Part 6 – Get InsuredPosted 08/05/2014 by Rebecca Cannon
You’ll need product liability insurance. This is essential, because you are responsible for any injuries or illness that may be caused by your product. You can be sued by anyone who suffers as a result of contamination in your baking – up to three years after purchase. You could also be closed, investigated or prosecuted by Environmental Health. Product liability insurance protects you against potential law suits.
Public liability protects your business against other claims such as injury (even something as simple as a customer tripping on a display stand). It’s applicable if customers are on your premises or you attend events. You can get quotes for both types online, by providing information about your business type, postcode, and turnover. Confused.com is a good place to start your search for both product and public liabilty insurance.
You must also be seen to be actively ensuring that your products are safe. Your key responsibilities, according to Trading Standards, are:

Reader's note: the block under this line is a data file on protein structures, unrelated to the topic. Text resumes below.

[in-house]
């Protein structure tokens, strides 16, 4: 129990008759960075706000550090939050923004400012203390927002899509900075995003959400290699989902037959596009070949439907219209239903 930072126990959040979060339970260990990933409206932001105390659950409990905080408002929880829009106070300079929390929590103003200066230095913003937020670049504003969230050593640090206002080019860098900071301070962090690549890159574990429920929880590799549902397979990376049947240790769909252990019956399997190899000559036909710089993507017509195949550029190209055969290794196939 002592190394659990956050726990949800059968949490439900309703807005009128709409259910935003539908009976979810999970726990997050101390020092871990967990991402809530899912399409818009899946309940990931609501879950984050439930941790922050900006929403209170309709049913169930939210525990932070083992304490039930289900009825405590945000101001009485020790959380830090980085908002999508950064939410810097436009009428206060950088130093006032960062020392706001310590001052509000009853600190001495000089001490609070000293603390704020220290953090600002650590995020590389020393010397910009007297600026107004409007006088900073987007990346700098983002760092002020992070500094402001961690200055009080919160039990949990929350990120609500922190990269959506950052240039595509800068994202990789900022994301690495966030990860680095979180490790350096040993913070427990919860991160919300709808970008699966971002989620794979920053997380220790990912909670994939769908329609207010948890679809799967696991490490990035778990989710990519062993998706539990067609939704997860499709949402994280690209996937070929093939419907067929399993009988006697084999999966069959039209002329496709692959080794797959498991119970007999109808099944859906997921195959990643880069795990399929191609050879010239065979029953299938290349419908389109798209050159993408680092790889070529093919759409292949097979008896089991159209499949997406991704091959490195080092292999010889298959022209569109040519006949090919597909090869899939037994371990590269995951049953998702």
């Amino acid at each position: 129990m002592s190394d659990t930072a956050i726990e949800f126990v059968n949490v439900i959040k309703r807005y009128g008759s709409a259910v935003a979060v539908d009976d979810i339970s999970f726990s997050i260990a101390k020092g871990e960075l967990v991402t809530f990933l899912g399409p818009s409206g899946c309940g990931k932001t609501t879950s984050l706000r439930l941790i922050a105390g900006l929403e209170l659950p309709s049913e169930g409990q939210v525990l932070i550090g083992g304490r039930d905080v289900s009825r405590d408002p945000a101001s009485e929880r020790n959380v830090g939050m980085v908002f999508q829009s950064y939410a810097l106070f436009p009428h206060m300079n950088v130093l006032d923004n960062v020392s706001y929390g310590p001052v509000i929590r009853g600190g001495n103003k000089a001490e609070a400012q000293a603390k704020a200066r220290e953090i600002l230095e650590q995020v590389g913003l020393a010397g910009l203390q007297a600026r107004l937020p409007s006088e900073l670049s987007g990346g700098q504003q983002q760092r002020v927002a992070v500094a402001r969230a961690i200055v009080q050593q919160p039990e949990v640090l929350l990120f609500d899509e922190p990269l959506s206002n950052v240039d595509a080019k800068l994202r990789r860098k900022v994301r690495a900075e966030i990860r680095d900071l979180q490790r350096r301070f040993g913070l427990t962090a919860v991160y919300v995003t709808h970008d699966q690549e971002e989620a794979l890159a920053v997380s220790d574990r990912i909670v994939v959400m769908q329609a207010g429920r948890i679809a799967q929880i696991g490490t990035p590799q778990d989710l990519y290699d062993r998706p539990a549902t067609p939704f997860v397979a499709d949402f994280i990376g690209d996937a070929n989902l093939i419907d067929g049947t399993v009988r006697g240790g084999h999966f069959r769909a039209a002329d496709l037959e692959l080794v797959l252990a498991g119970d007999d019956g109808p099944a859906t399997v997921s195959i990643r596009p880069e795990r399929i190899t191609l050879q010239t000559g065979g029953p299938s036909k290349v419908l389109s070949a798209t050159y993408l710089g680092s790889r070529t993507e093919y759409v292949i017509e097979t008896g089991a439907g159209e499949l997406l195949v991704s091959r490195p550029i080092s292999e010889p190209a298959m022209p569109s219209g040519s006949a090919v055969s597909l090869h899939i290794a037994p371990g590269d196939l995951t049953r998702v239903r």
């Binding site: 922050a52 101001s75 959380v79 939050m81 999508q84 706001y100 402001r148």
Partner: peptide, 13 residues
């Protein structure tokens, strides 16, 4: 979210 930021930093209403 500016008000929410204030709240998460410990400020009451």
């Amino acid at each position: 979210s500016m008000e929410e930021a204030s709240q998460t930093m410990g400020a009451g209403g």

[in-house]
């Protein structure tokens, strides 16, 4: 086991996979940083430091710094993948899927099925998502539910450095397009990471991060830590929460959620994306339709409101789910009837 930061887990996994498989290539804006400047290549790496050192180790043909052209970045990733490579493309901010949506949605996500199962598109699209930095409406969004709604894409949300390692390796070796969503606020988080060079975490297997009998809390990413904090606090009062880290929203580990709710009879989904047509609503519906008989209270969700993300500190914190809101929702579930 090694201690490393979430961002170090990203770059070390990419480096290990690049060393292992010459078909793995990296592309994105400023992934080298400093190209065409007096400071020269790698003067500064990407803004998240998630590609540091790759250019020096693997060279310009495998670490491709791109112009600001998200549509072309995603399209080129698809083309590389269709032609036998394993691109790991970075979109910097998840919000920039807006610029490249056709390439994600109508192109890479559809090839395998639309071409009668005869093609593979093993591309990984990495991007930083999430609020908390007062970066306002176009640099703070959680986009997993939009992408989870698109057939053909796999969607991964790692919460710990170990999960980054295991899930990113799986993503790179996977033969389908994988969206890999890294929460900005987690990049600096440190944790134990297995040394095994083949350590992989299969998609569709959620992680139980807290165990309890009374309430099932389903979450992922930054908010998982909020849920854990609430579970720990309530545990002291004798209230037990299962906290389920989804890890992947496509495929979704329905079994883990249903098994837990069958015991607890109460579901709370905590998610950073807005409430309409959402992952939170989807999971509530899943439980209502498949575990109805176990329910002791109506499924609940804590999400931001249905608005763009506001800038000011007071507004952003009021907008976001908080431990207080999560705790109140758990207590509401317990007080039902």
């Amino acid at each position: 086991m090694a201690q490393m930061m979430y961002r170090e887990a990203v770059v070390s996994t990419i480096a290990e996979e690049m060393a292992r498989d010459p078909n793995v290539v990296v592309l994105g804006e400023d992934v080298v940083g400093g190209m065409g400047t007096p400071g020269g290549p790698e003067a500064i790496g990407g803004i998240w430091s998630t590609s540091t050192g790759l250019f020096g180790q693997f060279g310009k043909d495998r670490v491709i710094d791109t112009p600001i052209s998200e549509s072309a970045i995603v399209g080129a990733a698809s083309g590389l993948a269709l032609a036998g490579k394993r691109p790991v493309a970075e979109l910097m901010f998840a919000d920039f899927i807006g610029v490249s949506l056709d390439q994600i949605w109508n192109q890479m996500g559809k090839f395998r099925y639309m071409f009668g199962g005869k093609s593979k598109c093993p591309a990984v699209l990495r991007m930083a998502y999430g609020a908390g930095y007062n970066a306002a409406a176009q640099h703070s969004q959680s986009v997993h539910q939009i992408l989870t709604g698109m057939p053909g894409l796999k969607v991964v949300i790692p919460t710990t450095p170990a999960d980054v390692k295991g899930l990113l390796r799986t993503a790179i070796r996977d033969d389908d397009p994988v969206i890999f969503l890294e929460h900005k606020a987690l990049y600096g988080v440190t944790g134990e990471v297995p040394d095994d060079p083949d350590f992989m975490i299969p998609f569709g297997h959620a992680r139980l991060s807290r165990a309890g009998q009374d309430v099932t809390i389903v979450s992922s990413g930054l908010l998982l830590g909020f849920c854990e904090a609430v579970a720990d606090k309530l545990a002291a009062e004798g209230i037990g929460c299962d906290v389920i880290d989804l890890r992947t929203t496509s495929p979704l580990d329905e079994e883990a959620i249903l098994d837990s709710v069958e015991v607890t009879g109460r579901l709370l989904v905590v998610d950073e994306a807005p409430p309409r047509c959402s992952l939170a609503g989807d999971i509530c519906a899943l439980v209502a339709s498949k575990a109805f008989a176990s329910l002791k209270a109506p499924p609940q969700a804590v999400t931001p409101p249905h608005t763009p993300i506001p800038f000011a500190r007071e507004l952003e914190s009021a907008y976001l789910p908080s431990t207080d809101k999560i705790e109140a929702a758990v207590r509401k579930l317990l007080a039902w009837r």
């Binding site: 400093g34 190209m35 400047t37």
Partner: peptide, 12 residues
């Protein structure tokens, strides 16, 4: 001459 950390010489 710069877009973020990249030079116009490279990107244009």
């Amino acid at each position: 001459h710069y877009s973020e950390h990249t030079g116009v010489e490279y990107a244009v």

- Providing warning and information about possible risks
- Monitoring safety during production and
- Taking action if you discover a problem
Inform your home insurance provider that you are working from home. Read your mortgage or tenancy terms to make sure that they will permit you to work from home. Your lender or landlord may allow you (usually as long as the business only takes up 30-40% of space) or they may put you onto commercial rates but either way, it’s vital to be open with them or you risk breaking your mortgage terms. Your council tax may change, too. The Valuation Office Authority says:
“If you work at or from home, the part of the property used for work may be liable to business rates (also known as non-domestic rates) whilst the remainder of the property will continue to be liable to council tax (although an alteration may be made to its banding). To decide whether or not part of your property should be liable to business rates there are a number of things we have to consider, including the extent and frequency of the non-domestic (business) use of the room (or rooms) and any modifications made to the property to accommodate that use. Each case is considered on its own merits, and normally we will visit your property to check the facts before an assessment is made for non-domestic rates.”
Read on Part 7… ‘Find a Food Hygiene Course‘